Teaching Physiology of Exercise to Reluctant Physical Educators

By Strawbridge, Marilyn | Strategies: A Journal for Physical and Sport Educators, May-June 2012 | Go to article overview
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Teaching Physiology of Exercise to Reluctant Physical Educators


Strawbridge, Marilyn, Strategies: A Journal for Physical and Sport Educators


Exercise physiology seems to be a course that students love or hate. Many physical education students and others involved in the related areas of health, teaching, recreation, dance, athletic training, fitness, and motor learning and development find this course a requirement at some point in their curriculum. It provides the scientific basis for many subjects under the broad Kinesiology umbrella. Each student comes to class with different interests, scientific backgrounds, and level of preparation. Certainly with such a wide variety of ways to approach the study of the body and movement, these differing contextual approaches complicate the job of teaching exercise physiology to undergraduate students. This is especially true in smaller institutions where you will find that the exercise physiology class is a common body of knowledge necessary for multiple programs of study. The challenge is to find a pedagogical approach that addresses the problem of making the subject matter relevant for all. Inquiry-based learning may help in this task when it begins with a question which is meaningful to all, arouses our own natural curiosity, doesn't require requisite knowledge, and challenges cognitive abilities.

Inquiry-based learning is an instructional method involving teaching through questions. This method was developed in response to a perceived failure of more traditional forms of instruction where Students memorize facts presented in texts. Through inquiry-based learning the student is guided to an understanding of key content. In this approach the learner is engaged in formulating a response rather than just being given an answer. The process is as important as what is to be learned. Students are engaged at a higher level and are challenged cognitively, as in problem solving. Multiple answers can be proved or disproved, and concepts are more likely to be transferred or applied to other content. When students learn to question, they are doing what scientists do. In structured inquiry-based learning the teacher poses the question, but students generate explanations based on the evidence they collect or the reasoned logical arguments they may present. Students come to know about the natural world, what is going on inside their bodies, and why things are the way they are. They are able to satisfy their natural intellectual curiosity in making sense of the world. For example, a question such as why do muscles get sore is of interest to most everyone. The purpose of this article is to present inquiry-based learning as a method of teaching applied to the subject of exercise physiology, with the goal of engaging students and teachers in more meaningful learning. Questions pertaining to exercise physiology concepts will be posed and followed by the guided active learning experiences that can be presented in class using lab experiences and lab type experiences when lab facilities may not be available.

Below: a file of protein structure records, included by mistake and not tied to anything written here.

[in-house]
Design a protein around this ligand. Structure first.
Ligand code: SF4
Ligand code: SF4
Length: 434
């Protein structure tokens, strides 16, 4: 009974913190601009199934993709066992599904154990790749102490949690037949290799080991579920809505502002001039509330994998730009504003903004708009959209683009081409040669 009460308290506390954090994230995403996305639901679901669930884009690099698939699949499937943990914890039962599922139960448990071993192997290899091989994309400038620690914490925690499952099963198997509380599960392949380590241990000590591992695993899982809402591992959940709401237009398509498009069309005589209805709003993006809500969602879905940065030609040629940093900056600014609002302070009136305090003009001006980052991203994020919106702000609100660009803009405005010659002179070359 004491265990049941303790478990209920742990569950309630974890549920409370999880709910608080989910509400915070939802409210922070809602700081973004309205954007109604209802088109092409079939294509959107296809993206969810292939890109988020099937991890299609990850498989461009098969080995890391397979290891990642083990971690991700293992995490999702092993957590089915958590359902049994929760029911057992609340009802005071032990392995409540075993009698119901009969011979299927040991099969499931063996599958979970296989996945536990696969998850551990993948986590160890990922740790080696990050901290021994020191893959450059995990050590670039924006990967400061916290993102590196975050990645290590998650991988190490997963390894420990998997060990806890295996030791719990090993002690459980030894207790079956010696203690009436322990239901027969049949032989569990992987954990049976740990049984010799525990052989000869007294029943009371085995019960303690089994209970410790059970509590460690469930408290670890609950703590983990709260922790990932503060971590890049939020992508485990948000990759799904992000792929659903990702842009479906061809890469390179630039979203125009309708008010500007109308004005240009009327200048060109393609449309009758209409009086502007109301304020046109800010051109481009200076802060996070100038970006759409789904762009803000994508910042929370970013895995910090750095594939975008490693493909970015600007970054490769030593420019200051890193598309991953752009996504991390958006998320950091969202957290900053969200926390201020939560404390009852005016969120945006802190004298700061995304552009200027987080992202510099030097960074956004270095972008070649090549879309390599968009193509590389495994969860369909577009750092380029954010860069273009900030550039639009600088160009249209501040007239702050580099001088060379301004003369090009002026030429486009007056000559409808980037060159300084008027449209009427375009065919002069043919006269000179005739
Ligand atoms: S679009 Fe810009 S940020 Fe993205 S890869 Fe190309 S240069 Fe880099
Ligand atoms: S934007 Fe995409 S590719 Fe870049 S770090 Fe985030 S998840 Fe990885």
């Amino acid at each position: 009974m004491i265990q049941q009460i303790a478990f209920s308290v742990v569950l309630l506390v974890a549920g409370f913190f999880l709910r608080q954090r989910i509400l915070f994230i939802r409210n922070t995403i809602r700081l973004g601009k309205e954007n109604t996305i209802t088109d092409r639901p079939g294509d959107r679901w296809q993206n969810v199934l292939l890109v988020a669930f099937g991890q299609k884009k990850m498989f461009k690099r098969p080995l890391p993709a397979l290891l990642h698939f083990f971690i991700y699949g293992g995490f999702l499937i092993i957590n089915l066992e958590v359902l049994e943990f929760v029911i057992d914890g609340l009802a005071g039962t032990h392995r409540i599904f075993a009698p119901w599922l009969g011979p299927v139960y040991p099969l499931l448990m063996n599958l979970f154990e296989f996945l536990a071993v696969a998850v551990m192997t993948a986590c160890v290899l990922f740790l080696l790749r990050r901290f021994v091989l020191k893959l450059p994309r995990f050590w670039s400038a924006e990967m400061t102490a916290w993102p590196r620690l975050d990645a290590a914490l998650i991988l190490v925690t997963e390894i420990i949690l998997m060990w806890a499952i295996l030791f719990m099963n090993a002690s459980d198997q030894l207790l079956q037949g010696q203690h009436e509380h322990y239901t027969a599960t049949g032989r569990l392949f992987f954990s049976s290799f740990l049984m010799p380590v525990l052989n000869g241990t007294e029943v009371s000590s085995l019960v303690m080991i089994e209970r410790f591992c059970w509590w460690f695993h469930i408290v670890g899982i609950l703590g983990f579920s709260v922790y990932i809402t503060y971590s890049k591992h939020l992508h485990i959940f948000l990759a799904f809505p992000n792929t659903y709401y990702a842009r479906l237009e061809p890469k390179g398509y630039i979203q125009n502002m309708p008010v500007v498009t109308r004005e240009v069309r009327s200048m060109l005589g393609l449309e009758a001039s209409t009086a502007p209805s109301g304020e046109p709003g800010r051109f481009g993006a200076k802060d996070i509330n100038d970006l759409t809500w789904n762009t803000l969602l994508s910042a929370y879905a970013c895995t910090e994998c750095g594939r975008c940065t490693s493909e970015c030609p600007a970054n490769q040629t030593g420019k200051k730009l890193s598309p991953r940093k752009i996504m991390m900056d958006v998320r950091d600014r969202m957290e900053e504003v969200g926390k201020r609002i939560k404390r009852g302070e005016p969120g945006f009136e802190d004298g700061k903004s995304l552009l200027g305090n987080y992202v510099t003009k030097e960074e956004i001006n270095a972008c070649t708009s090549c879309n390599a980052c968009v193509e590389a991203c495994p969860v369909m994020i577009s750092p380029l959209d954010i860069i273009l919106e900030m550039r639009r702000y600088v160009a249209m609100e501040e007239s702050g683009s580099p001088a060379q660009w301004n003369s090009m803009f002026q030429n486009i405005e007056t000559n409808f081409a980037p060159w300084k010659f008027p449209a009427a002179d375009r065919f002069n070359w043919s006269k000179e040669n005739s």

Questions/Concept 1: During a very hard workout, like running sprints, some guys vomited and couldn't continue. What was happening in the body to cause this response?

This scenario is the basis of a group activity where students research many physiological concepts such as energy production for intense exercise, metabolism, acid-base balance, and buffering by-products of an energy system called glycolysis. Intense exercise, which relies on glycogen as an anaerobic source of energy, creates a byproduct called lactic acid. Usually with recovery time the acid is buffered by other processes. When these normal clearing or balancing processes can't keep up with the acid production, the acid in the body increases and results in an imbalance where the body fluid becomes too acidic. Symptoms of this very acidic state can include nausea, vomiting, fatigue, and dizziness. After the question has been posed, students are given time to research a plausible explanation for the particular phenomenon. These explanations are developed through group discussions, available materials, research, and their own knowledge.

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